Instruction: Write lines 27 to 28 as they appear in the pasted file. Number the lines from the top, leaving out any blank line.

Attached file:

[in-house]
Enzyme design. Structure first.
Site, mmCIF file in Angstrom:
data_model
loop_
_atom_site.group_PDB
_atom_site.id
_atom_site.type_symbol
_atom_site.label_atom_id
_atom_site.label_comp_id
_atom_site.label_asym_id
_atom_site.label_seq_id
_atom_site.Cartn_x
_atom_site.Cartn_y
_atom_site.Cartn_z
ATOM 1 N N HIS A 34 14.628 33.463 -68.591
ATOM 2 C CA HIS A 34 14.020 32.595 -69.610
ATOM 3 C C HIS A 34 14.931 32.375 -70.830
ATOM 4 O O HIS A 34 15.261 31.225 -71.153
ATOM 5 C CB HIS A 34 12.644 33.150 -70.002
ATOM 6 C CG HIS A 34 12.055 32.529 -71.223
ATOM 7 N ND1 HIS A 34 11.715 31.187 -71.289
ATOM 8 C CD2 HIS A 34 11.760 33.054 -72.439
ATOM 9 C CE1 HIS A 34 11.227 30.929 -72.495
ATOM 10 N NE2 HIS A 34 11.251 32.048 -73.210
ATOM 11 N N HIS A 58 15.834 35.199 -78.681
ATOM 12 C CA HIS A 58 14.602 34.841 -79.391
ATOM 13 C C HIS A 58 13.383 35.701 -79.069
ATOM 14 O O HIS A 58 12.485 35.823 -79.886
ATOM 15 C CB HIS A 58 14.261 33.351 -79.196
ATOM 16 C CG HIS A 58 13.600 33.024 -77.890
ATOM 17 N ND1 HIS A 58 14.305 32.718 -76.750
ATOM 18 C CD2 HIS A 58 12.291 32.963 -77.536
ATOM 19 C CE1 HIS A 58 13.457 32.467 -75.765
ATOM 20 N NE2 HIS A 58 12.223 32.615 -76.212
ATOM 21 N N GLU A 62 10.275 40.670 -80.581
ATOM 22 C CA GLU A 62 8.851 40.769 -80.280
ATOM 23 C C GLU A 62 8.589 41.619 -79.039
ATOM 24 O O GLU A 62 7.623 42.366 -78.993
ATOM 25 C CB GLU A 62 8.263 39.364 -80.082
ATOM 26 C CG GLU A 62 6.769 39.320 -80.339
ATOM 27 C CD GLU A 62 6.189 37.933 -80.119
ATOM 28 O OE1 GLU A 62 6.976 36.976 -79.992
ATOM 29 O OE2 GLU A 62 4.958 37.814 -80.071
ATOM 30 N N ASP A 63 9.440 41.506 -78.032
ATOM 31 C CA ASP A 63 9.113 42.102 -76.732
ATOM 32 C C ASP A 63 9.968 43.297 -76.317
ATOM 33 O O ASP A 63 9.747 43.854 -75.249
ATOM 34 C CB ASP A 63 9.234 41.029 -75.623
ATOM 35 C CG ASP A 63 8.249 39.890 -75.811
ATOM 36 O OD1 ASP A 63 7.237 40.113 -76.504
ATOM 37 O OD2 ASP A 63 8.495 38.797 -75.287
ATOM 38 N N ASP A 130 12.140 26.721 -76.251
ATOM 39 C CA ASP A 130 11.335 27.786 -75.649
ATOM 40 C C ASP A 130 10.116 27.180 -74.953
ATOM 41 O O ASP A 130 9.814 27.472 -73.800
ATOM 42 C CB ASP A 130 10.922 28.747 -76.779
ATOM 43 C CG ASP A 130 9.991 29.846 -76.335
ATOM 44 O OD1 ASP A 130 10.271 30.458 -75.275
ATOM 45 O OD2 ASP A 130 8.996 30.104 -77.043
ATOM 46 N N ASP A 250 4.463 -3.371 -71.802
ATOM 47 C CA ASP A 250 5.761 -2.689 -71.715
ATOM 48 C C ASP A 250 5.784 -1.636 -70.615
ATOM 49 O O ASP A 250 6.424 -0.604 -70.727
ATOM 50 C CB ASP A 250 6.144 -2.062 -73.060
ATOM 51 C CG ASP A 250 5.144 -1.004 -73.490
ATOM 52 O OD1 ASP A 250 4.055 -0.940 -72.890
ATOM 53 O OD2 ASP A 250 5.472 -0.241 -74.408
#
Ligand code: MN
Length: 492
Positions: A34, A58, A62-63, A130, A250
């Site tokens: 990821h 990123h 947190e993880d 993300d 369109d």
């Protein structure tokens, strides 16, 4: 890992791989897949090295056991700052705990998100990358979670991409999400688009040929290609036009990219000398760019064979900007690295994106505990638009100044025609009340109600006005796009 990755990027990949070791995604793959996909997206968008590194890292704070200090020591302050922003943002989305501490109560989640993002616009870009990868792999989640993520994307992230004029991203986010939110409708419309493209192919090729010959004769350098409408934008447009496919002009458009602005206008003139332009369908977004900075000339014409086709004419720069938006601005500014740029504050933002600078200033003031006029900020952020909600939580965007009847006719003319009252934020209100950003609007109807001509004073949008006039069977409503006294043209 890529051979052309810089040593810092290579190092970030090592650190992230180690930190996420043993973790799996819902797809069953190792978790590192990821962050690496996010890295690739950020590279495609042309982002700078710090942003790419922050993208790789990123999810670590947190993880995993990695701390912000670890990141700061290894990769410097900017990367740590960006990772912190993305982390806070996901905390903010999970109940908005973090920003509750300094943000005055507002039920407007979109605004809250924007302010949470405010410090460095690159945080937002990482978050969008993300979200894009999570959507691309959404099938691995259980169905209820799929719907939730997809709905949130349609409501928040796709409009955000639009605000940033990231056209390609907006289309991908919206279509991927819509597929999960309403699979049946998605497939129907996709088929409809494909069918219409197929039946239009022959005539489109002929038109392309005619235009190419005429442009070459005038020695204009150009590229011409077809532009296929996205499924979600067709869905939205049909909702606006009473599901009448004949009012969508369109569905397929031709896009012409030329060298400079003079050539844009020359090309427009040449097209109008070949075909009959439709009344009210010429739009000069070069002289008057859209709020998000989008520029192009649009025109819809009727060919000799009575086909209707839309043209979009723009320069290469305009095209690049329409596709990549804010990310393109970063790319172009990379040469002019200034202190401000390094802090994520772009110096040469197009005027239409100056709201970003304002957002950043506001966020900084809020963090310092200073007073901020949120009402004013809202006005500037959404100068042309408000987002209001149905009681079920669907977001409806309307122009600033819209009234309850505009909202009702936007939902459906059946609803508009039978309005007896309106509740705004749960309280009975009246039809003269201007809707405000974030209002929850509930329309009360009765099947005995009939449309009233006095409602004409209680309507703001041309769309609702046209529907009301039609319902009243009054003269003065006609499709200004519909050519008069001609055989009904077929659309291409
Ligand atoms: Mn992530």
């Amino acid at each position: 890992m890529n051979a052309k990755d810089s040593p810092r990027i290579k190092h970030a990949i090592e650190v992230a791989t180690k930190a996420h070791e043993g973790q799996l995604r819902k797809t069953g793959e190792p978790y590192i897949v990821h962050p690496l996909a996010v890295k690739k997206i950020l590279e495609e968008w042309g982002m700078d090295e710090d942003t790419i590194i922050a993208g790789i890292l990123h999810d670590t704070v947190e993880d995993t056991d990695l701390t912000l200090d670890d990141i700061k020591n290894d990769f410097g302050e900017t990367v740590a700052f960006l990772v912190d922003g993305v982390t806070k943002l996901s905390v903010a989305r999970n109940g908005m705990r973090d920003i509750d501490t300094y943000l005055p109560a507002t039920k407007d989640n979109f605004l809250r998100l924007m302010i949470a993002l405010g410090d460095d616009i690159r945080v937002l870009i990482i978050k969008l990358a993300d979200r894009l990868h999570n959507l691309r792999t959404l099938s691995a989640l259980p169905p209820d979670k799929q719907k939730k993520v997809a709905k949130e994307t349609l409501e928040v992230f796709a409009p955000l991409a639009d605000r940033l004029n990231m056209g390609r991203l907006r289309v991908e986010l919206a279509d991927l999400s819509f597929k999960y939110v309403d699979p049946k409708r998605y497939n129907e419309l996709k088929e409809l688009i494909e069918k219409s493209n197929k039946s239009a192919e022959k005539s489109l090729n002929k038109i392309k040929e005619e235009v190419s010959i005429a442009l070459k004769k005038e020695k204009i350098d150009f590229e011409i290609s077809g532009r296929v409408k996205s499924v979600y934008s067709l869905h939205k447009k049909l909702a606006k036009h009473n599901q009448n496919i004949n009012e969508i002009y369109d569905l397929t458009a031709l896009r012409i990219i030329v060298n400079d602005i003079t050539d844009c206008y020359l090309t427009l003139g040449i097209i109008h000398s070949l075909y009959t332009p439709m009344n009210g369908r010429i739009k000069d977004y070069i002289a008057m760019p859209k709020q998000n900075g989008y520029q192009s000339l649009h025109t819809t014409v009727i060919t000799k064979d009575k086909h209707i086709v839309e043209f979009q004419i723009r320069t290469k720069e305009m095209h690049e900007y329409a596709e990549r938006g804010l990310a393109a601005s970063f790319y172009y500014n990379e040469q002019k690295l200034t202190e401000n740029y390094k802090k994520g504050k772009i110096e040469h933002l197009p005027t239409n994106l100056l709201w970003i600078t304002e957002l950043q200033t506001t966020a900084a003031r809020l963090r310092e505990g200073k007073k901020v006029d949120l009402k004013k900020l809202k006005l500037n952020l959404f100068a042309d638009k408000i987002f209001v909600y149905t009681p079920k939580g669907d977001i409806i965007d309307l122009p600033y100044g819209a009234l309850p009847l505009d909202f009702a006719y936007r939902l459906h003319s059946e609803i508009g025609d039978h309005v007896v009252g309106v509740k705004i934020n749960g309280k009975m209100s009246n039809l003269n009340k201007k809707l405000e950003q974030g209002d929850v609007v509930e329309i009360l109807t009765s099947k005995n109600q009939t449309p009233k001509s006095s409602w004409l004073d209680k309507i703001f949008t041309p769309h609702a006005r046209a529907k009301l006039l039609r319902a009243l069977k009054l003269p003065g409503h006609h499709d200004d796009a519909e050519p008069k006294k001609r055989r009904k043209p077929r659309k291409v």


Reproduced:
ATOM 12 C CA HIS A 58 14.602 34.841 -79.391
ATOM 13 C C HIS A 58 13.383 35.701 -79.069